Bones’ Original Purpose May Have Been Storing Minerals

skeletal system under examination with "mineral warehouse" theory

By Jonny Lupsha, Wondrium Staff Writer

The human skeleton is the framework for the body—and much more. Our bones turn over 10% of their mineral content every year. This week on Wondrium Shorts, make no bones about it.

The adult human body hosts 206 bones from head to toe—er, toes. Functioning largely as the foundation or framework for the rest of the body, the skeletal system also connects to the muscles that we use to help us move, day and night. However, scientists believe that the skeleton once served as a warehouse for storing minerals.

How much do we know about human bones, aside from the fact that if we see one of our own with the naked eye, it’s probably a bad thing? In her video series How We Move: The Gross Anatomy of Motion, Dr. Elizabeth A. Murray, Professor of Biology at Mount St. Joseph University, outlines surprising facts about our skeletal system.

The Many Functions of Bones

Ask anyone what the skeleton does and they will likely mention that it supports our bodies and/or acts as the framework for our bodies. While true, that answer is only part of the picture. In reality, our skeletal system multitasks.

“Consider the rib cage, or the skull, and you’ll recognize the protective role that the bones provide for more vulnerable and soft internal organs,” Dr. Murray said. “You might also know that one type of our bone marrow, known as red marrow—found in flat bones and in the ends of long bones—is a source for the production of new blood cells that move out of the bones and into circulation.”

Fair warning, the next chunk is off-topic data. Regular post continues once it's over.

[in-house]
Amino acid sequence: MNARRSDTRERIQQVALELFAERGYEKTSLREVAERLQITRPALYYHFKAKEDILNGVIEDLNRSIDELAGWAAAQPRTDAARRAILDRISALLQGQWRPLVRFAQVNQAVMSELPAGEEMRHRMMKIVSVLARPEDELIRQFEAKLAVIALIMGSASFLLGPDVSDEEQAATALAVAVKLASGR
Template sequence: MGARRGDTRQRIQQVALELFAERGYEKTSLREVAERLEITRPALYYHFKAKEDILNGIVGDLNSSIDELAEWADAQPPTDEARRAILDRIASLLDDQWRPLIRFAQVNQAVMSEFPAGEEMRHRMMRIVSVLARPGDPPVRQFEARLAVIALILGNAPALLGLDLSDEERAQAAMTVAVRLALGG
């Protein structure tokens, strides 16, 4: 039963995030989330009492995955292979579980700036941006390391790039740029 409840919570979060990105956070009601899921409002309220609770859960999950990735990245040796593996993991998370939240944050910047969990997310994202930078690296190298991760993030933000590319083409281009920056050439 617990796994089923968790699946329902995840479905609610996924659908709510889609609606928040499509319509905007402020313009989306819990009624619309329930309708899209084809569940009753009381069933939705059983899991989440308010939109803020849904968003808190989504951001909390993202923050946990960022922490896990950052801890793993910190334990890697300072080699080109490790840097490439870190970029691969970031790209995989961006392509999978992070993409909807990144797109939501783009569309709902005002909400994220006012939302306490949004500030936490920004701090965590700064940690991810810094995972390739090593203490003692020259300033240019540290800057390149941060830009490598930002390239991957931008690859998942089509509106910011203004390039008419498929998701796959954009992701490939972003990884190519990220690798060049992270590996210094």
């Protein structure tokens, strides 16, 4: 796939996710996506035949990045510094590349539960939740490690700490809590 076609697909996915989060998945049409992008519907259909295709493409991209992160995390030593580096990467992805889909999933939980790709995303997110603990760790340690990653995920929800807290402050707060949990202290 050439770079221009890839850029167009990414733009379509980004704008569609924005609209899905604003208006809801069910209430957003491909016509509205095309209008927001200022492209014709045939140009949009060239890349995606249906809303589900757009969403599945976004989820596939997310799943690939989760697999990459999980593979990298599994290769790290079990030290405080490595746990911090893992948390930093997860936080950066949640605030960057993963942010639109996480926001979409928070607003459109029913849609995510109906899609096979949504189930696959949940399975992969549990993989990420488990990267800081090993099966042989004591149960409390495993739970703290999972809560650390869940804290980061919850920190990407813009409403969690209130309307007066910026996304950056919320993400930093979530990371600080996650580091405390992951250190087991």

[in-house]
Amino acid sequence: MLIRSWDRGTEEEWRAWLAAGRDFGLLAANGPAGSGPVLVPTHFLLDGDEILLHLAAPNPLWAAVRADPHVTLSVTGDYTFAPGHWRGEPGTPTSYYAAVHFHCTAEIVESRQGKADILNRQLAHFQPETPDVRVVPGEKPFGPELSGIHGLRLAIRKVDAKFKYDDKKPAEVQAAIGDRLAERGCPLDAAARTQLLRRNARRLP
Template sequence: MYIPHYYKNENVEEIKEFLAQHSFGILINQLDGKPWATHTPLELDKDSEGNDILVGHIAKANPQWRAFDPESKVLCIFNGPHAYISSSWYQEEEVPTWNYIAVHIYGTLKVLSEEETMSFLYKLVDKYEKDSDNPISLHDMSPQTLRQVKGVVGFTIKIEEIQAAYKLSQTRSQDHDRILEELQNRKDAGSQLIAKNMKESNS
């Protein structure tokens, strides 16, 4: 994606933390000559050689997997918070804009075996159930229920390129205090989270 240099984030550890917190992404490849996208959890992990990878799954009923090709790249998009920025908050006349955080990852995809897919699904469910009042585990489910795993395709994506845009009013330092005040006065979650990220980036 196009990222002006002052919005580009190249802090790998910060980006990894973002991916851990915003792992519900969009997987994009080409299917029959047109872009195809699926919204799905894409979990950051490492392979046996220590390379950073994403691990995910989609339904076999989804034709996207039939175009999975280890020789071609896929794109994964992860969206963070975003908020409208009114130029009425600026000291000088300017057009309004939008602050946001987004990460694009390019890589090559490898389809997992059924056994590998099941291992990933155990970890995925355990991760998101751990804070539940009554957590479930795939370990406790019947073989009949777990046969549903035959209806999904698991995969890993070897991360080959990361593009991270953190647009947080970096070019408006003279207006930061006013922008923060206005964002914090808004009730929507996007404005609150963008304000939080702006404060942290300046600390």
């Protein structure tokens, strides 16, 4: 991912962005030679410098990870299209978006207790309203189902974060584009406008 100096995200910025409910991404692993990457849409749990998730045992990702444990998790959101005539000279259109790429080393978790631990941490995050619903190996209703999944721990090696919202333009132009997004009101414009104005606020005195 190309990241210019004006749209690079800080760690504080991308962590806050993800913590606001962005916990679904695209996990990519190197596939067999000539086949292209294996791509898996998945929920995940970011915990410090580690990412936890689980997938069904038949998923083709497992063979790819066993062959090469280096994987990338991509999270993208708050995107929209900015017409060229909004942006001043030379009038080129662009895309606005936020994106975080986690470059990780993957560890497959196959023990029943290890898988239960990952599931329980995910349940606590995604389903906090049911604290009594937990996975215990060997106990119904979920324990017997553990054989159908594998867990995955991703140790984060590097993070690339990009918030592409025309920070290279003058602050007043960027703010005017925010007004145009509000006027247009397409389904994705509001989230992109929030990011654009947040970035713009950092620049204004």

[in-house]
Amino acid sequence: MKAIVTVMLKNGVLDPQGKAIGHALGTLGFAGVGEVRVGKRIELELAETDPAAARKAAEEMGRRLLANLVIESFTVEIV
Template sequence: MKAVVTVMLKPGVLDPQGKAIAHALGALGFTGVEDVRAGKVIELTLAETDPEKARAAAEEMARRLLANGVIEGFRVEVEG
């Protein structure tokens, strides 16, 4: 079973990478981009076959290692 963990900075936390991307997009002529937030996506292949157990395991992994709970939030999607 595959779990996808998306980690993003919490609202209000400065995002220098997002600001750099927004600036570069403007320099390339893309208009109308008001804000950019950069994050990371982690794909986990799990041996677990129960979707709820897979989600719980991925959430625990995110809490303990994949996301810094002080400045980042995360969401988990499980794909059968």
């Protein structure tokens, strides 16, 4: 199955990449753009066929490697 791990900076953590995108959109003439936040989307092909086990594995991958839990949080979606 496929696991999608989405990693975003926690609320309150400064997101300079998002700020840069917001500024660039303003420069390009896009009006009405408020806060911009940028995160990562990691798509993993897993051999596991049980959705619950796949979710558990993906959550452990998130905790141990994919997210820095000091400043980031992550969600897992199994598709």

Additionally, due to the joints between them, bones work as levers in the systems that cause movement. In basic terms, according to Dr. Murray, muscles supply the force and joints serve as the fulcrums in these anatomical lever systems. And in addition to the red marrow that some bones store, yellow marrow can be found in the long bones of the body. Yellow marrow is a fatty energy reserve inside the hollow shafts of bones such as the femur.

And still, there are more services our bones provide.

What CAN’T Bones Do—Besides Bend Easily?

“Among the most important roles of the skeleton—and the one that many scientists believe was the original function of bone within the animal body—is to serve as an internal warehouse of minerals,” Dr. Murray said. “You probably know that calcium is the primary mineral in bone, but bone also houses phosphate salts, with phosphorus being another mineral important to good health.”

Also included in the bones are carbonates, sodium, magnesium, and potassium. Even trace amounts of iron, copper, zinc, manganese, fluoride, strontium, and boron are found in the skeleton. All of these are important in “various metabolic and enzymatic pathways,” according to Dr. Murray.

Just because our bones have all these salts and minerals in them, why do scientists believe that the original function of bones was specifically to store them?

“Let’s just consider calcium as one example: Calcium and phosphate salts crystallize and, together with other minerals, make bones hard and durable,” Dr. Murray said. “But calcium is also a required ingredient in the reactions that cause all of our muscle activity, including our heartbeat. Calcium is also necessary for the propagation of electrical signals in the nervous system, and also aids in the body’s chemical messaging with the release of hormones from glands.

“As if that weren’t enough, calcium is also necessary for normal blood clotting, so minor injuries don’t result in the loss of too much blood.”

In terms of evolution, it is a considerably effective way of keeping a supply of these minerals on hand, just in case they’re needed between meals, or as our bodies need them when we fail to ingest sufficient quantities.

This article is part of our “Deeper Dive” series where we examine the stories behind our Wondrium Shorts on YouTube.

Edited by Angela Shoemaker, Wondrium Daily